Malaysia's prime minister is lashing out at new U.S. immigration policies aimed at preventing terrorism. Mahathir Mohammad says the new airport checks discriminate against Muslims worldwide, including the Malaysians.
Prime Minister Mahathir says the new U.S. policy is the result of what he called "anti-Muslim hysteria" and he is quite upset.
Beginning October 1, U.S. immigration officials will have the authority at all ports of entry to fingerprint, photograph and register visitors who may fit a terrorist profile.
The new rules target people mostly from Muslim and Middle Eastern countries, including Iraq, Iran, Libya, Syria, and the Sudan. Visitors from countries deemed to be a high security risk, including Malaysia, will be included, based on intelligence reports. The information taken will be compared with databases on terrorists and criminals. A statement from the U.S. embassy in Kuala Lumpur says Malaysians, as well as citizens from many other countries, would likely encounter the new procedures.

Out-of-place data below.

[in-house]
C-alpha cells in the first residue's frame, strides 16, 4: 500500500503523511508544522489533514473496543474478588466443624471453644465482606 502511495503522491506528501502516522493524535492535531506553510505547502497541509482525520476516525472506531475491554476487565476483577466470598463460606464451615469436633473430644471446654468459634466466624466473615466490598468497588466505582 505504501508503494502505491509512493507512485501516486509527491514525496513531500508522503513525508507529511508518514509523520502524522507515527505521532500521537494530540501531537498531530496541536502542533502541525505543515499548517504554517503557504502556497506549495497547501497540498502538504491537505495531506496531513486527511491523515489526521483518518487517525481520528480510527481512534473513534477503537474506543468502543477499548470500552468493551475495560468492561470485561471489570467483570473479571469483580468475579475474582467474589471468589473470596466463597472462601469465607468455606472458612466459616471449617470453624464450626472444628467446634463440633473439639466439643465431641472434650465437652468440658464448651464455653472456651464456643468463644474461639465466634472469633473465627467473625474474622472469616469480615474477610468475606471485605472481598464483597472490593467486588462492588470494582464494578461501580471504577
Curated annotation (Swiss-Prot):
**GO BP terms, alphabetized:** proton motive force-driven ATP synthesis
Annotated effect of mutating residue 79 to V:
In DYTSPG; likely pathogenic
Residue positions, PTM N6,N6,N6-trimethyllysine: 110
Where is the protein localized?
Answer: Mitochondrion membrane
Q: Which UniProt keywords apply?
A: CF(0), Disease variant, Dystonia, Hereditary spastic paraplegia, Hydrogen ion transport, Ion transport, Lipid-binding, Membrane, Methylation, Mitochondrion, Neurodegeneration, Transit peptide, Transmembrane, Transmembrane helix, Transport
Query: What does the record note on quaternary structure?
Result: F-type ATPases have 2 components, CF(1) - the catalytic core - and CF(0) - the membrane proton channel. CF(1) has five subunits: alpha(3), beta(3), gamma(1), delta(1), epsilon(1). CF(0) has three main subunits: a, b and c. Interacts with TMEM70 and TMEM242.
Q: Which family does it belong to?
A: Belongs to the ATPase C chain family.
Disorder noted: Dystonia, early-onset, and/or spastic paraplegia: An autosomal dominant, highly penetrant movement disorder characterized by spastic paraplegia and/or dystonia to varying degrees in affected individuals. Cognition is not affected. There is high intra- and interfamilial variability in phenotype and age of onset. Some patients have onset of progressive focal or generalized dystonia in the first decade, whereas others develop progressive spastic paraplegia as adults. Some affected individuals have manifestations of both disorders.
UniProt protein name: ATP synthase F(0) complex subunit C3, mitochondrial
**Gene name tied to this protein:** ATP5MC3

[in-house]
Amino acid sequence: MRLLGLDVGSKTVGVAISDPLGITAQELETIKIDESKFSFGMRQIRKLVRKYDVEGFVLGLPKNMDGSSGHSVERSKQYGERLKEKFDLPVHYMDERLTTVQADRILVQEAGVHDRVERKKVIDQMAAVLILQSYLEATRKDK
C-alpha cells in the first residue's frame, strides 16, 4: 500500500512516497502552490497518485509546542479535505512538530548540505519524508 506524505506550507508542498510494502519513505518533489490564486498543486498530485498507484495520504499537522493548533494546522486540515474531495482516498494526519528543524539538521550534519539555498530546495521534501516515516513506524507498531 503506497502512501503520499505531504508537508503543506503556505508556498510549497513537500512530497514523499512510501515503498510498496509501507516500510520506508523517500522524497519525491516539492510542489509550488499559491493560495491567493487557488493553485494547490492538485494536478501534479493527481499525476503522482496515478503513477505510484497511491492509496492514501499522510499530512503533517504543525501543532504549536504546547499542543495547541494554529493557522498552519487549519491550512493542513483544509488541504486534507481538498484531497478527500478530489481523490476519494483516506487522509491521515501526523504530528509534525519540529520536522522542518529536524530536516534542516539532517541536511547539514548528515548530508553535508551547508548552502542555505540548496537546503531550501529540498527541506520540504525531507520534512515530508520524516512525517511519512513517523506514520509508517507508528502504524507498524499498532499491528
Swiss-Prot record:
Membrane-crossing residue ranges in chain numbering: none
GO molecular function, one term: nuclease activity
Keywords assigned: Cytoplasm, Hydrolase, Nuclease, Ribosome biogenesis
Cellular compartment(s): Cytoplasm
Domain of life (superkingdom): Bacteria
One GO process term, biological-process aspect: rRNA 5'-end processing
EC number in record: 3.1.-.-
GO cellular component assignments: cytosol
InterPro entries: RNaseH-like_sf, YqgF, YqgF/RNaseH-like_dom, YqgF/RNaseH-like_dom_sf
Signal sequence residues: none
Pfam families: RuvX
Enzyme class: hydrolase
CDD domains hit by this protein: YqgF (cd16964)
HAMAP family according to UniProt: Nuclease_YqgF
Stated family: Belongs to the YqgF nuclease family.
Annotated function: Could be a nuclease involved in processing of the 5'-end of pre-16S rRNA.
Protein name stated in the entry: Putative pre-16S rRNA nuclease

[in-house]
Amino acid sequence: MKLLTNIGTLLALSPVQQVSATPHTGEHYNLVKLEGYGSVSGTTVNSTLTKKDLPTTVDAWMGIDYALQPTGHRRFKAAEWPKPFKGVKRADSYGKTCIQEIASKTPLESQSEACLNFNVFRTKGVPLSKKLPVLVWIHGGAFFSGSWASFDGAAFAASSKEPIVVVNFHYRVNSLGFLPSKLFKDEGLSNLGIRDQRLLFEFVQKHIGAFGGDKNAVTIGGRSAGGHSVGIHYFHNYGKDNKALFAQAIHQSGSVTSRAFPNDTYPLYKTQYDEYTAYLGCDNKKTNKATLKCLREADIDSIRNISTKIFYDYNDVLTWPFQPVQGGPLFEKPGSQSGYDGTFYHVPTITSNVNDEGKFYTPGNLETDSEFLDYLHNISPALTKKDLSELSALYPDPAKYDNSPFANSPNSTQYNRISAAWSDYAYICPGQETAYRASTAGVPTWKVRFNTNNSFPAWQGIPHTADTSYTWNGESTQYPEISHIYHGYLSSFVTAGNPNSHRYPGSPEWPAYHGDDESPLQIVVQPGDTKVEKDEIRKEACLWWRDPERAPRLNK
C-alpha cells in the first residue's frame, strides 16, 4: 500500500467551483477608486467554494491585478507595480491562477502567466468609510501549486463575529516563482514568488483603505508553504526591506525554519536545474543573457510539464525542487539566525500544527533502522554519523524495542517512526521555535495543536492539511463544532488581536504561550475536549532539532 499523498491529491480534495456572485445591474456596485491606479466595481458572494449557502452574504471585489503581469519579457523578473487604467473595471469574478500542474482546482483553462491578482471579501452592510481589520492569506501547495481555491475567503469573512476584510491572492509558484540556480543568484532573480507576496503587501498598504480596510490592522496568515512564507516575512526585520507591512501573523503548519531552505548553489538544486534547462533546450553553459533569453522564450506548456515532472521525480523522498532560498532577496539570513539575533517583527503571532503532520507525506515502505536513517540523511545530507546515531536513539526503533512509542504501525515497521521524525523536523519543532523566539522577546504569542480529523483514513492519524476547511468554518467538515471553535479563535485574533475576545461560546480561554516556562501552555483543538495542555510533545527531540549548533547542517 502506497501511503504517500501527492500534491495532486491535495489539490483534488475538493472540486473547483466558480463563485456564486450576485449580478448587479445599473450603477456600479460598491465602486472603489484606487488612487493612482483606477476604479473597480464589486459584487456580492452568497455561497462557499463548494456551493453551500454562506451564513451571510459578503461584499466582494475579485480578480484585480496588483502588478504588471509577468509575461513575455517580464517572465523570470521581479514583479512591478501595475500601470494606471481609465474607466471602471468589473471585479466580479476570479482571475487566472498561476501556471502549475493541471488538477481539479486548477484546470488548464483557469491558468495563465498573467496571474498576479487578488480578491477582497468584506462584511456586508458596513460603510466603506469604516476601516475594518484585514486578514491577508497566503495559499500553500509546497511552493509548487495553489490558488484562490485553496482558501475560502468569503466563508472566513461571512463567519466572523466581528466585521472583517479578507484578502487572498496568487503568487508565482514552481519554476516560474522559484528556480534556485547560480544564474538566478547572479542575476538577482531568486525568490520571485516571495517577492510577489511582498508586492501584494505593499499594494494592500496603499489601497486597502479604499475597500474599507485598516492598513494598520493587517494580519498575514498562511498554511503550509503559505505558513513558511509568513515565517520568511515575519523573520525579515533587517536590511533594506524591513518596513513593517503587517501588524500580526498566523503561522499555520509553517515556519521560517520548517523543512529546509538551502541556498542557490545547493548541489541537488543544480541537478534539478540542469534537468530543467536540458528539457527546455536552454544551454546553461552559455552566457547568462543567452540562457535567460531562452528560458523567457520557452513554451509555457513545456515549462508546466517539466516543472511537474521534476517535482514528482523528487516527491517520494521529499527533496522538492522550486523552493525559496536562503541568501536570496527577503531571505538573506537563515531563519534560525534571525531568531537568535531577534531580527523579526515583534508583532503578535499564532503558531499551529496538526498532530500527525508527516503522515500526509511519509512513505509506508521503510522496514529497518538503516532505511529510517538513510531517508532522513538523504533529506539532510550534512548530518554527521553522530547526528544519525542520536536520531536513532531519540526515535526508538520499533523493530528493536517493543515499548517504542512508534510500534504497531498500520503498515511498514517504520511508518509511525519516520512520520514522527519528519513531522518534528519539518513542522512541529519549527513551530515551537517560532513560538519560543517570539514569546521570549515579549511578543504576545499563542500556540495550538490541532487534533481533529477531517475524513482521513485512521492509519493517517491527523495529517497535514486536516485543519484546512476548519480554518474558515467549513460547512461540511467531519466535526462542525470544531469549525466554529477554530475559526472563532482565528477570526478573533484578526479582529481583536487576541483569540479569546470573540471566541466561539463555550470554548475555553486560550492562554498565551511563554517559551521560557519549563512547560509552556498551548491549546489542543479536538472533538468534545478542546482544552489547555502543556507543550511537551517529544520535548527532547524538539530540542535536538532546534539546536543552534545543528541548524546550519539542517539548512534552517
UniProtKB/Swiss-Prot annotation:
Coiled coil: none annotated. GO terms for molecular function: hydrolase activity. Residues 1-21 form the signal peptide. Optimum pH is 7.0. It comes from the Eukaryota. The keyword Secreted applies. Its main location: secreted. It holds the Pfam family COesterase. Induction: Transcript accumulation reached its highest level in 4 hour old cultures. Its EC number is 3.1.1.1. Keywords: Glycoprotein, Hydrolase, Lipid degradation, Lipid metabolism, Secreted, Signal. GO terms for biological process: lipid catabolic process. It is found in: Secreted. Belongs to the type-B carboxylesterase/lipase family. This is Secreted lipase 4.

Prime Minister Mahathir's deputy, Ahmad Abdullah Badawi, already experienced strict security checks two weeks ago when he traveled to the United States to attend a meeting of the U.N. General Assembly.
Mr. Badawi was asked to remove his belt and shoes as part of a routine security check at his port of entry, the Los Angeles International Airport, before being allowed to fly onward to New York. Malaysia's Foreign Minister, Syed Hamid Albar, says he understood the need for tightened security to thwart terrorism, but he objected to the inclusion of Malaysia on any U.S. immigration watch list. He says it creates a negative impression about the country for those who did not know Malaysia's stance against terrorism. During the last year, Malaysia, a predominately Muslim nation, has jailed more than 60 people suspected of being Muslim militants from the Jemaah Islamiah, a group aiming to establish a pure Islamic state in southeast Asia.
One of the suspects arrested allegedly allowed two of the September 11 hijackers to use his apartment for a meeting in January 2000.